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Does the office holder really influence foreign policy?

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  • Epoetker
    replied
    Originally posted by Yttrium View Post
    Is Jeb as neocon as his brother? I haven't seen signs of that yet. I've been hoping he isn't a neocon, because I vote against neocons at every opportunity.

    (Strange, I get the feeling that Epoetker is glaring at me for some reason...)
    The term you're looking for is "White Hispanic."

    Leave a comment:


  • Paprika
    replied
    Originally posted by Yttrium View Post
    Is Jeb as neocon as his brother? I haven't seen signs of that yet. I've been hoping he isn't a neocon, because I vote against neocons at every opportunity.
    He hasn't rejected his father's and brother's approaches, nor has he embraced them - ie. typical pre-election moderation. But as Starlight has pointed out it would appear that this apple won't fall far from the tree.

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  • Starlight
    replied
    Originally posted by Yttrium View Post
    Is Jeb as neocon as his brother?
    He was one of the original signatories on the Project for the New American Century, which called for an unprovoked invasion of Iraq. So definitely a neo-con himself and BFFs with all the other neo-cons. A bunch of his brother's advisers on foreign policy are now working for him too.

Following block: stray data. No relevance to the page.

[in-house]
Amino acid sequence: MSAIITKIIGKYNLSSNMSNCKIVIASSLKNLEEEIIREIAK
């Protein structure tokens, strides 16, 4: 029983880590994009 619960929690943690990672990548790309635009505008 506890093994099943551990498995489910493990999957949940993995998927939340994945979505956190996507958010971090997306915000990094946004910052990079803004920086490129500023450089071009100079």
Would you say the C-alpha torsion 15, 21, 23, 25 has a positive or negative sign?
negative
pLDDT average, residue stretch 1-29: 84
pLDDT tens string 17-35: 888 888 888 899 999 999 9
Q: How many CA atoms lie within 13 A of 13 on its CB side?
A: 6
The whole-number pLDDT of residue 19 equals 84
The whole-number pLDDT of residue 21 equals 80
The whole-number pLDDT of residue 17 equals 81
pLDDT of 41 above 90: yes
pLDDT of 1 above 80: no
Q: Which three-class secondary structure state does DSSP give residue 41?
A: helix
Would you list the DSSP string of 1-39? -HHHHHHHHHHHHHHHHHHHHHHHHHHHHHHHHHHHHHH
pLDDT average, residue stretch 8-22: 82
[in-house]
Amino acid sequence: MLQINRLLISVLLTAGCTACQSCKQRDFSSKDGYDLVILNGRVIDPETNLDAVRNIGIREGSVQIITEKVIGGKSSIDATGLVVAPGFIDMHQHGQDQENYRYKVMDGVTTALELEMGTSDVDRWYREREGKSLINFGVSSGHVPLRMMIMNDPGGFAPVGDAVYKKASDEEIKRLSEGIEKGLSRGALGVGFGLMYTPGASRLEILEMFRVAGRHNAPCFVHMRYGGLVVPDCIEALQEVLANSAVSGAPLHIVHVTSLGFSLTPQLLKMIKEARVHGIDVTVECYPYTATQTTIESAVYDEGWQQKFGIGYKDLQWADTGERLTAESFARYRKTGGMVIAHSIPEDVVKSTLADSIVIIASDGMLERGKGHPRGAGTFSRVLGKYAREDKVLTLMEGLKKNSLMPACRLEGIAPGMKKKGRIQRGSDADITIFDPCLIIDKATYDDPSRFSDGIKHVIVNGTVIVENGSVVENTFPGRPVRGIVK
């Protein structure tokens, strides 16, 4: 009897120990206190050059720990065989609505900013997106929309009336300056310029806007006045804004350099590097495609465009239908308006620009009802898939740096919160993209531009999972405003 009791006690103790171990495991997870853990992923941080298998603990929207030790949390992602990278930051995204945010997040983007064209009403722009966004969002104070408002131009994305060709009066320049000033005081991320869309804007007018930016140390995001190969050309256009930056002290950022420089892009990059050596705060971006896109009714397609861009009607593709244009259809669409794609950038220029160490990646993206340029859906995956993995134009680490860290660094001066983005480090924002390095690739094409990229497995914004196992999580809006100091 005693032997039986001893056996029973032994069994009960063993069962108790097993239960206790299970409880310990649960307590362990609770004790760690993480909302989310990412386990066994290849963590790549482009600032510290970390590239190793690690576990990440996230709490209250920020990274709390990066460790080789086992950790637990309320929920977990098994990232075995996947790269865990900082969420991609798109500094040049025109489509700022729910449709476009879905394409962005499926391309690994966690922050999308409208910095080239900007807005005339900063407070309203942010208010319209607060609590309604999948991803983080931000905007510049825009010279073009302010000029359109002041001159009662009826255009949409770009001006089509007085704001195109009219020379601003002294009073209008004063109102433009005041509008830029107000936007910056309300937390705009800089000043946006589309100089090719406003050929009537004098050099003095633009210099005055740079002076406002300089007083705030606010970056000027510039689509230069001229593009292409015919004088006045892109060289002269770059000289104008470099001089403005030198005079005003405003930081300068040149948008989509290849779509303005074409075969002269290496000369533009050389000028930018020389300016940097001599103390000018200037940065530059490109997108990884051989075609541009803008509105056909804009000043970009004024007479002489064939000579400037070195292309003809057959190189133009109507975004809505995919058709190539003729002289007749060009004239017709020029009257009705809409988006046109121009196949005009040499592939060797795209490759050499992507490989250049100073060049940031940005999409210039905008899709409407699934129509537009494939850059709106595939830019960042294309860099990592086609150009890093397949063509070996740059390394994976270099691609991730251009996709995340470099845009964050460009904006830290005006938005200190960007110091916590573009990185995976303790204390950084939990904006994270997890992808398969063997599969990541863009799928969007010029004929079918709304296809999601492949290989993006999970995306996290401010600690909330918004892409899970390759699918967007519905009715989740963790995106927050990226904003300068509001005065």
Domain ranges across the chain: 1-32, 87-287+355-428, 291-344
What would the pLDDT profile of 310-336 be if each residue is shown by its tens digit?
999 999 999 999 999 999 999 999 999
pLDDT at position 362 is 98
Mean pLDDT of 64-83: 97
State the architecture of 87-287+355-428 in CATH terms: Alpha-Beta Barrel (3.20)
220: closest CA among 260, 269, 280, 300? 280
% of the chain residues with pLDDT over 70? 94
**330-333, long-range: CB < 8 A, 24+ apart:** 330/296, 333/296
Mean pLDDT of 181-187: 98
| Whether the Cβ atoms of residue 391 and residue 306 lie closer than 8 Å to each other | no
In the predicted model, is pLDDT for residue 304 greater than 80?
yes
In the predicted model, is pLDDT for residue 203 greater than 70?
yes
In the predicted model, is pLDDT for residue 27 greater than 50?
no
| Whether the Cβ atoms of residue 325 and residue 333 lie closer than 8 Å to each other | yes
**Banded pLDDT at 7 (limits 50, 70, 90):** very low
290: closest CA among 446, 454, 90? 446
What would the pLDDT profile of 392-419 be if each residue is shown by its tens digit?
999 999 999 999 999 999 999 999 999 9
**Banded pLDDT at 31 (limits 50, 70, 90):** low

Leave a comment:


  • Yttrium
    replied
    Originally posted by Paprika View Post
    If Jeb Bush wins, for example, it is nigh guaranteed that another neo-con war will start because they know no other way.
    Is Jeb as neocon as his brother? I haven't seen signs of that yet. I've been hoping he isn't a neocon, because I vote against neocons at every opportunity.





    (Strange, I get the feeling that Epoetker is glaring at me for some reason...)

    Leave a comment:


  • Sam
    replied
    Originally posted by Anastasia Dragule View Post
    But would it have been different if Romney had won?
    Oh, yes. Very much so. If we're just going by their campaigns, Romney promoted a much more aggressive (they call it "muscular") approach to foreign policy. It's certain that relations with Cuba would not be undergoing the revolutionary path to normalization they are now, for instance. It's almost impossible that a diplomatic negotiation with Iran would even have taken place, let alone have a good shot at succeeding. Given his campaign rhetoric regarding Russia, it's unlikely that Romney would have met the invasion of Ukraine with nearly as much restraint as Obama and would likely have at least been pushed by other Republicans into providing heavy weaponry to Ukraine (ensuring only more Ukrainians killed before Russia overpowered them).

    Not every campaign promise comes to bear, of course, and not every swagger has weight behind it. But the Republican party itself has become much more hawkish in its rhetoric as the Iraq War debacle fades and hyped-up threats come and go, depending on the week (e.g., ISIS). The office of the president is actually still fairly week domestically (as seen in Obama's long years of being frustrated by a GOP-majority House) but is still very strong on foreign policy. That's why we see a lot of presidents turn to foreign policy priorities when they're stymied on domestic issues. Traditionally, that's been an area where the president can do big things without much interference from Congress or the courts.